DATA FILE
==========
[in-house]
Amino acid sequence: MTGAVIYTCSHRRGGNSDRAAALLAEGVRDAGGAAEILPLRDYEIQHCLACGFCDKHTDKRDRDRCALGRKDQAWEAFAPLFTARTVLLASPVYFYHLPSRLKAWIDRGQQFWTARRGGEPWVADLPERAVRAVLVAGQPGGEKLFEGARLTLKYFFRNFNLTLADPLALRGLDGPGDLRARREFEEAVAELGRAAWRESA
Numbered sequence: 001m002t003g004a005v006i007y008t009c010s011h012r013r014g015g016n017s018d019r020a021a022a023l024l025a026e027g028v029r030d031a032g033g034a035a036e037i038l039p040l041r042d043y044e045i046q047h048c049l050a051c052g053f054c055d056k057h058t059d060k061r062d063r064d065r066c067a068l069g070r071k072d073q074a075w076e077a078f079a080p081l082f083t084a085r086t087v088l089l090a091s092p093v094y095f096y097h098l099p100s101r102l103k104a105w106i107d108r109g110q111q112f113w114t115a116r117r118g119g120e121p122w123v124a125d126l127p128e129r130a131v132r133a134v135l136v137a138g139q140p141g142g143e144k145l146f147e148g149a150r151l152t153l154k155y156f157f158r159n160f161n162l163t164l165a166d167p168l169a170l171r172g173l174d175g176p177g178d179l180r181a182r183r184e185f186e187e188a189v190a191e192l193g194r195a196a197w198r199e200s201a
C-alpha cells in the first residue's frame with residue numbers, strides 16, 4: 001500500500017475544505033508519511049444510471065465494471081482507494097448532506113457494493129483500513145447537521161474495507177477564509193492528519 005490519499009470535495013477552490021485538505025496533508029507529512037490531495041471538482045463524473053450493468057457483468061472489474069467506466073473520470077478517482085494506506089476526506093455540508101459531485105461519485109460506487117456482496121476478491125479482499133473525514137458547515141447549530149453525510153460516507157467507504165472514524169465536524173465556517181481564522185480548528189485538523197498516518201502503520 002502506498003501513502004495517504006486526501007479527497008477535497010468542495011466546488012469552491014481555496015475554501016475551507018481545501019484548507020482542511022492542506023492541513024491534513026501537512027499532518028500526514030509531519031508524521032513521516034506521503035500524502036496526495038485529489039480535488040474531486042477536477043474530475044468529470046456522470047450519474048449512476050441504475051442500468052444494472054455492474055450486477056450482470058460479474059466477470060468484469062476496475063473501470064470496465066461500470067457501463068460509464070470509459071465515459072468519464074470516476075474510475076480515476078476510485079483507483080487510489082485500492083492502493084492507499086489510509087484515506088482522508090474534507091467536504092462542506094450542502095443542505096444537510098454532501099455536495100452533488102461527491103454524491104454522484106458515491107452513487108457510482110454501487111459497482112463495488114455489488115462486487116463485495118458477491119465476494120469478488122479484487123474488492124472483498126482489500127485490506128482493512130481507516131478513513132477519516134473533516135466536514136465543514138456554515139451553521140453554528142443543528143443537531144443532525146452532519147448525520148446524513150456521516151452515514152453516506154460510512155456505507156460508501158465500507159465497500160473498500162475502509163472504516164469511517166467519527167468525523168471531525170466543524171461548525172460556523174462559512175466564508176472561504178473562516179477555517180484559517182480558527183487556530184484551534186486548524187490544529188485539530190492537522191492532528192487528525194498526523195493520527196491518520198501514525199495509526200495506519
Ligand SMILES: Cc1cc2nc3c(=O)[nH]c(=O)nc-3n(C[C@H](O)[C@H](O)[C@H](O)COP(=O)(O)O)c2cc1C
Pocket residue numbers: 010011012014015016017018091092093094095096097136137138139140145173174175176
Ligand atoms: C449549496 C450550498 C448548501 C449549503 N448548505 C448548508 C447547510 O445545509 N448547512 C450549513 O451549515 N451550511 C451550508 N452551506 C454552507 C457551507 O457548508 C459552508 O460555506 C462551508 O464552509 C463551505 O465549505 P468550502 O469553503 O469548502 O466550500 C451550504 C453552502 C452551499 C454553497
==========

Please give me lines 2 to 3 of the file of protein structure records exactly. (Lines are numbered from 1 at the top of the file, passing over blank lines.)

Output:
Amino acid sequence: MTGAVIYTCSHRRGGNSDRAAALLAEGVRDAGGAAEILPLRDYEIQHCLACGFCDKHTDKRDRDRCALGRKDQAWEAFAPLFTARTVLLASPVYFYHLPSRLKAWIDRGQQFWTARRGGEPWVADLPERAVRAVLVAGQPGGEKLFEGARLTLKYFFRNFNLTLADPLALRGLDGPGDLRARREFEEAVAELGRAAWRESA
Numbered sequence: 001m002t003g004a005v006i007y008t009c010s011h012r013r014g015g016n017s018d019r020a021a022a023l024l025a026e027g028v029r030d031a032g033g034a035a036e037i038l039p040l041r042d043y044e045i046q047h048c049l050a051c052g053f054c055d056k057h058t059d060k061r062d063r064d065r066c067a068l069g070r071k072d073q074a075w076e077a078f079a080p081l082f083t084a085r086t087v088l089l090a091s092p093v094y095f096y097h098l099p100s101r102l103k104a105w106i107d108r109g110q111q112f113w114t115a116r117r118g119g120e121p122w123v124a125d126l127p128e129r130a131v132r133a134v135l136v137a138g139q140p141g142g143e144k145l146f147e148g149a150r151l152t153l154k155y156f157f158r159n160f161n162l163t164l165a166d167p168l169a170l171r172g173l174d175g176p177g178d179l180r181a182r183r184e185f186e187e188a189v190a191e192l193g194r195a196a197w198r199e200s201a